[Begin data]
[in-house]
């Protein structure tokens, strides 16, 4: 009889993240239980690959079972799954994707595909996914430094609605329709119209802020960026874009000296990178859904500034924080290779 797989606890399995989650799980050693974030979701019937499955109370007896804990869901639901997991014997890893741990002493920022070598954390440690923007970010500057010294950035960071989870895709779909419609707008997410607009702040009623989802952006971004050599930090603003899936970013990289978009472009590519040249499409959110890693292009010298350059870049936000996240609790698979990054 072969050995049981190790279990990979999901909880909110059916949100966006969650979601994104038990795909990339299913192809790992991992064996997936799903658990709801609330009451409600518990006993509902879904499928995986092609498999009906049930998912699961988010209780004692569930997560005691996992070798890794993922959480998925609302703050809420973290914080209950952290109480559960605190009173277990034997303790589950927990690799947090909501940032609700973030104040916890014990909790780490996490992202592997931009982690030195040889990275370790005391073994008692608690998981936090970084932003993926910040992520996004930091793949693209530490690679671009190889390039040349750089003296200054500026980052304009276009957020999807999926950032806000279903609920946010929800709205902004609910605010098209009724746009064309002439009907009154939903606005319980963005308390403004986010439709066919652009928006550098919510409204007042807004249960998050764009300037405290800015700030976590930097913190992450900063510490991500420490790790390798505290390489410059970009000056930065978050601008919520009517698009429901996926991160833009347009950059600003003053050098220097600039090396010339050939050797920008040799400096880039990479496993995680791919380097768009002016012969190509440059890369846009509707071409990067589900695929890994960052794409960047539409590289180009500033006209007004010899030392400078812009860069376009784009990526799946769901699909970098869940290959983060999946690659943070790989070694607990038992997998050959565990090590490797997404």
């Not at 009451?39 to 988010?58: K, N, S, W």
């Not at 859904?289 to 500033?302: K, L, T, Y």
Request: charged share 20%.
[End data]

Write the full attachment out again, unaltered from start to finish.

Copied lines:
[in-house]
């Protein structure tokens, strides 16, 4: 009889993240239980690959079972799954994707595909996914430094609605329709119209802020960026874009000296990178859904500034924080290779 797989606890399995989650799980050693974030979701019937499955109370007896804990869901639901997991014997890893741990002493920022070598954390440690923007970010500057010294950035960071989870895709779909419609707008997410607009702040009623989802952006971004050599930090603003899936970013990289978009472009590519040249499409959110890693292009010298350059870049936000996240609790698979990054 072969050995049981190790279990990979999901909880909110059916949100966006969650979601994104038990795909990339299913192809790992991992064996997936799903658990709801609330009451409600518990006993509902879904499928995986092609498999009906049930998912699961988010209780004692569930997560005691996992070798890794993922959480998925609302703050809420973290914080209950952290109480559960605190009173277990034997303790589950927990690799947090909501940032609700973030104040916890014990909790780490996490992202592997931009982690030195040889990275370790005391073994008692608690998981936090970084932003993926910040992520996004930091793949693209530490690679671009190889390039040349750089003296200054500026980052304009276009957020999807999926950032806000279903609920946010929800709205902004609910605010098209009724746009064309002439009907009154939903606005319980963005308390403004986010439709066919652009928006550098919510409204007042807004249960998050764009300037405290800015700030976590930097913190992450900063510490991500420490790790390798505290390489410059970009000056930065978050601008919520009517698009429901996926991160833009347009950059600003003053050098220097600039090396010339050939050797920008040799400096880039990479496993995680791919380097768009002016012969190509440059890369846009509707071409990067589900695929890994960052794409960047539409590289180009500033006209007004010899030392400078812009860069376009784009990526799946769901699909970098869940290959983060999946690659943070790989070694607990038992997998050959565990090590490797997404």
């Not at 009451?39 to 988010?58: K, N, S, W």
């Not at 859904?289 to 500033?302: K, L, T, Y």
Request: charged share 20%.